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Skydiving Instructor Ole Thomsen


Published July 13, 2016 at 10:00 a.m.

Ole Thomsen (rear) doing a recent tandem jump with a skydiving student - COURTESY OF OLE THOMSEN
  • Courtesy Of Ole Thomsen
  • Ole Thomsen (rear) doing a recent tandem jump with a skydiving student

Name: Ole Thomsen
Town: West Addison
Job: co-owner, Vermont Skydiving Adventures

When Ole Thomsen steps out on weekends, he's setting himself up for quite a fall — 12,000 feet, to be precise.

The 53-year-old Montréal native is founder and co-owner of Vermont Skydiving Adventures in West Addison. Established in 1992 at the Franklin County State Airport in Swanton, the skydiving school quickly relocated to Shelburne, then to its current location, on a private airstrip behind a former donkey farm aptly named Ass-Pirin Acres.

Thomsen remembers seeing skydiving on television as a kid; when he turned 18, he began looking for places to learn it. Three years later, in a bar, he overheard someone mention that he'd learned to skydive in Malone, N.Y. Thomsen drove there the following week and did his first jump over Labor Day weekend 1984. He returned a week later to repeat the feat and was hooked.

In the 32 years since, Thomsen has completed about 11,500 jumps. Between May and the end of October, he works full time as a skydiving instructor — or, as he puts it, "as full time as a summer-weekend, weather-dependent business in Vermont gets."

Thomsen says he can teach almost anyone to tandem skydive — that is, skydive harnessed to an instructor — in just 20 minutes. Students go up in one of the school's two Cessnas. In the absence of cloud cover or ground winds exceeding 14 miles per hour, they can jump from 9,000 to 12,000 feet up and free-fall for about 30 seconds.

Last week, Seven Days caught up with Thomsen on the ground. He sported a Vermont Skydiving Adventures T-shirt that read, "What could possibly go wrong?" I asked him that question in light of last August's "hard-landing" death of Joe Crossley, a 68-year-old instructor at the school. Witnesses reported that Crossley, who'd been skydiving for 49 years, appeared unconscious before his landing.

SEVEN DAYS: Have you ever had anything go wrong while you were skydiving?

OLE THOMSEN: No. Of course, we jump with two parachutes, and today they're all modern. There's a computer on the parachute, so if you forget to pull [the rip cord], the computer will open it for you — if you get knocked out or get complacent and forget your altitude. I've used my reserve parachute five times in 32 years. It's not really scary, because you train for it. So when [a parachute failure] does happen, it's a confidence builder.

SD: You're more likely to get killed in the car on the way to skydiving, right?

TO: That is a fact. If you want the stats, it's more dangerous to ride your bicycle [or] to drive in a car with a driver between the ages of 16 and 21. It's also more dangerous to work on a farm or work in construction.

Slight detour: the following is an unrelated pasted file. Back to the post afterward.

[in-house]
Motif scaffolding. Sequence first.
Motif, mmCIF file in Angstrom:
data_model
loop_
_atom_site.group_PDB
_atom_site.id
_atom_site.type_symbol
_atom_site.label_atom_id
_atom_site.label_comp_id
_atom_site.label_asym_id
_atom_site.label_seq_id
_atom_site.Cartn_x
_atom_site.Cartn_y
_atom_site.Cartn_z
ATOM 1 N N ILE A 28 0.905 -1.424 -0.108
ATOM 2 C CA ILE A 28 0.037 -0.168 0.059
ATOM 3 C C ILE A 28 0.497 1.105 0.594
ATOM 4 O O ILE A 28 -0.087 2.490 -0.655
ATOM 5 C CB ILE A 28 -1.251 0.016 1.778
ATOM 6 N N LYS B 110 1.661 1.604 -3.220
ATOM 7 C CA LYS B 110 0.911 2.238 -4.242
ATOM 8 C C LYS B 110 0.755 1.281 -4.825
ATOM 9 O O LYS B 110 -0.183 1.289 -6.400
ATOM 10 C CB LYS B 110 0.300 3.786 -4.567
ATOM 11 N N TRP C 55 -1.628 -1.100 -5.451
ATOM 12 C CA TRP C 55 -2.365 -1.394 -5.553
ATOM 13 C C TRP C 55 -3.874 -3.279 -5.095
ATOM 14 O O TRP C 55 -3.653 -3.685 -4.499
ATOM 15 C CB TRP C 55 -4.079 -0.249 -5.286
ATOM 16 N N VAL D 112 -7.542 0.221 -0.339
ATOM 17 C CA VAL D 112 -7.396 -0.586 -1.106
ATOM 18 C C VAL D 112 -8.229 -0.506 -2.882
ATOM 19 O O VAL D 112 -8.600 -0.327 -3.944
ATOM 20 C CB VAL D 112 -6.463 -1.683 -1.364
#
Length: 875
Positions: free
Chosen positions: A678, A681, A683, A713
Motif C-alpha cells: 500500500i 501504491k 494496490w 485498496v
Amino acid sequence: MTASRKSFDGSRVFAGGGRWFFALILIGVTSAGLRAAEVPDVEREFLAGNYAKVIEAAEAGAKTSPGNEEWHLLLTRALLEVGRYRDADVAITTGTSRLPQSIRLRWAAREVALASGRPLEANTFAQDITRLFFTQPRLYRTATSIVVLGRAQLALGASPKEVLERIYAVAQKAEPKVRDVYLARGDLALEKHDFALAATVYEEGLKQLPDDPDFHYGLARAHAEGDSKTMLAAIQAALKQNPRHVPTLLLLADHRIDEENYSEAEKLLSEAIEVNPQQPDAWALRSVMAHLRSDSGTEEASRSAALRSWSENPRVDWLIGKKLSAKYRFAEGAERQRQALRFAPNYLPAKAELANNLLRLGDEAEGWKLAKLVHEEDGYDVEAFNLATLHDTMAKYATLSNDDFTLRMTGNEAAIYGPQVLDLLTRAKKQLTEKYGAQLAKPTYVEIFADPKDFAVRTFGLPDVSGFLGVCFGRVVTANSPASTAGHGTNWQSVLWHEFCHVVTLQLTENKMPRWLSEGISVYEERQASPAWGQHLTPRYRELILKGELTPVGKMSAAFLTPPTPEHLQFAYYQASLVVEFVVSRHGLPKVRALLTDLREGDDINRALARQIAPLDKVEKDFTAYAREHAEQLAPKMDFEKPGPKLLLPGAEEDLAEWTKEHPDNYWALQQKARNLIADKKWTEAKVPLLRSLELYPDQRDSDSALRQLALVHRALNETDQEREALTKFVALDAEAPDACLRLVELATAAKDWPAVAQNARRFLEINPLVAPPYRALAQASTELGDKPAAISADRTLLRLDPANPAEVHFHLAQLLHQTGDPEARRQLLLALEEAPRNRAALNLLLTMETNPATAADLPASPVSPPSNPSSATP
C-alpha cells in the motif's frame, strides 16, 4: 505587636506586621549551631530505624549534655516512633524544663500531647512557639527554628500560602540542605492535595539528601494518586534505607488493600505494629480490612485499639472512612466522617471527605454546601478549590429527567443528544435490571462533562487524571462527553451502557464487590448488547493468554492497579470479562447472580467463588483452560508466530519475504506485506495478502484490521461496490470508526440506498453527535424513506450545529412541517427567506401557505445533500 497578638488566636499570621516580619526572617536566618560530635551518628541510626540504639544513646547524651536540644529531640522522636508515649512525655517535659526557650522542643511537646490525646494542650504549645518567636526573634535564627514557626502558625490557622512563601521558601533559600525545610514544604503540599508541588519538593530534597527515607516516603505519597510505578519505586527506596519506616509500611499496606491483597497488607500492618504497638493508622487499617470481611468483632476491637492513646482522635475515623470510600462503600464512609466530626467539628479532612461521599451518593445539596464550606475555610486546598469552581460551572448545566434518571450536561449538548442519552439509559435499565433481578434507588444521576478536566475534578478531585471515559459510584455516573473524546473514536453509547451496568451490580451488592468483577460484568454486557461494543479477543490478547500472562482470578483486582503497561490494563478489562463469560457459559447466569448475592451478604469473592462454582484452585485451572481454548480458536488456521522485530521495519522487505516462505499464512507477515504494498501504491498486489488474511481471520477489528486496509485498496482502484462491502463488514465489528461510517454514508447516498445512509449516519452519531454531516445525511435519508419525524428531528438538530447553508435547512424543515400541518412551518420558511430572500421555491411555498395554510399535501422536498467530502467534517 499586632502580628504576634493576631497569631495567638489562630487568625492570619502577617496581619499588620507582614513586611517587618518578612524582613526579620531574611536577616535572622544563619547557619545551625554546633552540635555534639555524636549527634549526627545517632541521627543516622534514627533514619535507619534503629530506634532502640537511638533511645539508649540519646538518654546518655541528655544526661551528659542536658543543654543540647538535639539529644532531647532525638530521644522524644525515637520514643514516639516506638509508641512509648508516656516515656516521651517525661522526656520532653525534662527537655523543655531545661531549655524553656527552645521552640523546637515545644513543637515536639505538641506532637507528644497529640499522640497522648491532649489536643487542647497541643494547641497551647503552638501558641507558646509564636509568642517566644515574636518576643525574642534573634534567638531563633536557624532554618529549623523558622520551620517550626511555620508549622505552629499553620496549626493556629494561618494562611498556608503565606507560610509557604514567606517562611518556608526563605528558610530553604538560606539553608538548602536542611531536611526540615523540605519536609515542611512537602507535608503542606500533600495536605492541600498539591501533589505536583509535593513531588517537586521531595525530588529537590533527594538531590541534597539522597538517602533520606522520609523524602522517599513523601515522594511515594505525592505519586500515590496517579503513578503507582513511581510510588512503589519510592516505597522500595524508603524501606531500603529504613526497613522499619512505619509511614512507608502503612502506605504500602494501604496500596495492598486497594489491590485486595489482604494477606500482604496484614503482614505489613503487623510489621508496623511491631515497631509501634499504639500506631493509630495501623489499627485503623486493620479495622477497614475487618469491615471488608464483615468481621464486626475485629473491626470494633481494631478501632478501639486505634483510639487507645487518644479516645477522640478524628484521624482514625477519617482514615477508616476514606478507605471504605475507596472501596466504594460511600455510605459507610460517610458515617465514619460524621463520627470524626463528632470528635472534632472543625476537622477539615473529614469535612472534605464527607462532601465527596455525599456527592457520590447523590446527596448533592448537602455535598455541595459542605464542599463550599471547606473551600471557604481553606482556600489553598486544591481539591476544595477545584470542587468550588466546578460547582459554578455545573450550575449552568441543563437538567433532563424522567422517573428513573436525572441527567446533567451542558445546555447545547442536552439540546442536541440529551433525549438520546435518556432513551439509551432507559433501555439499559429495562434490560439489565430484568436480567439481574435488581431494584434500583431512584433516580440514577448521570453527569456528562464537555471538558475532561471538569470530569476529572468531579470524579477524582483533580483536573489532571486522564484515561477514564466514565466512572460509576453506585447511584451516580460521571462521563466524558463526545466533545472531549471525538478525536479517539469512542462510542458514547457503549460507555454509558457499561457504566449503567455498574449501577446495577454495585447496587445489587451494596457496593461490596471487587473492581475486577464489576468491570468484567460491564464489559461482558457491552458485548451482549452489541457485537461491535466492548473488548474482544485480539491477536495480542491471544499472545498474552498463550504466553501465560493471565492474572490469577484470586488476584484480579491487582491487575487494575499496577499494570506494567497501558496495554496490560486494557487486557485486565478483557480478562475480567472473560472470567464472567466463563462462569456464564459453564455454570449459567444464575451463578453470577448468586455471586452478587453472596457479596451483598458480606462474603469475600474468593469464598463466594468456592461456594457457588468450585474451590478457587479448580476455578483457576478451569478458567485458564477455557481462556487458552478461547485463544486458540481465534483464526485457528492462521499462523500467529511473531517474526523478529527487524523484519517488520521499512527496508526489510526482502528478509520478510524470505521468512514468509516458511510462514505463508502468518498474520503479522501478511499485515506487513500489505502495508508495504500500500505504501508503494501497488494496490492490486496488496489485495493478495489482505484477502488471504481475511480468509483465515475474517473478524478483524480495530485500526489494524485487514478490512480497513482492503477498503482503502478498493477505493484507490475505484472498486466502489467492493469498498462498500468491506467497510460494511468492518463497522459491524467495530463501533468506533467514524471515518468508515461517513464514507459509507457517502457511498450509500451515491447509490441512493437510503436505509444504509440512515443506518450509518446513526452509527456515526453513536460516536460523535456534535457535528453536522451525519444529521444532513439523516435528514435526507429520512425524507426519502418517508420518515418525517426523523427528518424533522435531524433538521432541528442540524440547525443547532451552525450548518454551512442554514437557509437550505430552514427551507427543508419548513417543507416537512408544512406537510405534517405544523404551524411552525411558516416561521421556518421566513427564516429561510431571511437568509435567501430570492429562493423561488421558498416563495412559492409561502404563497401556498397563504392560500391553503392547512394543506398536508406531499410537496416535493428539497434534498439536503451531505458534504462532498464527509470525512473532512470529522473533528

SD: Have you jumped from high altitudes?

OT: Oh, yeah, but not in our planes. Other centers have high-altitude jumps where you have to have oxygen on board. The highest I've done was from 24,000 feet. It's like a novelty jump. It costs more money, but it's fun to do every now and then.

SD: How about from different kinds of aircraft?

OT: Oh, yeah. Hot-air balloons are fun to jump out of, because they're stationary. Plus, the ride up is fun, and when you jump off, it's quiet and very peaceful. Helicopters are fun, too. The ride is just as fun as the skydive. Again, the exit is cool because you're not moving, just stepping out.

SD: Have you flown a wing suit?

OT: Oh, yeah. They're a popular item. You're your own flying squirrel through the sky, and it's really, really fun. We offer the training for them, but you need a minimum of 200 skydives before you can try one.

SD: Is Vermont a nice place to skydive?

OT: Well, I'm biased, but I would say it's the prettiest place in the United States to skydive. We've jumped in Brazil, right by the ocean. That was really pretty, too. A lot of our people come from all around, and they're like, "Wow." It's just jaw-dropping when you're up there looking across the lake and the mountains.

SD: Who are the oldest and youngest skydivers you've taught?

OT: You have to be 18 years of age to sign the waiver. Otherwise it won't hold up in a court of law. The oldest skydiver we've had was a 92-year-old woman.

SD: How'd she like it?

OT: She had a blast.

SD: What's the best part of your job?

OT: It's a people sport, so just meeting all the people. When someone shows up and wants to do a tandem skydive, of course they're nervous, they're scared, but they've come this far. Once you take them up and land with them, the adrenaline and excitement just feeds you.

SD: Have you had any unusual requests from your customers?

OT: We've had people propose in the airplane on the way up. We've had people lay out big sheets on the ground that say, "Will you marry me?"

SD: Anything else people should know about this sport?

OT: What can I say? It's not for everybody. Some people say you must have a death wish to skydive. It's actually the opposite. You have a life wish. It's like any activity. You can be afraid of life and sit on your couch and do nothing, or you can go biking, hiking or skydiving. When we're on our deathbed, what do we remember? Our memories, or how much money we made? I'll take the memories.

The original print version of this article was headlined "Free-Fallin'"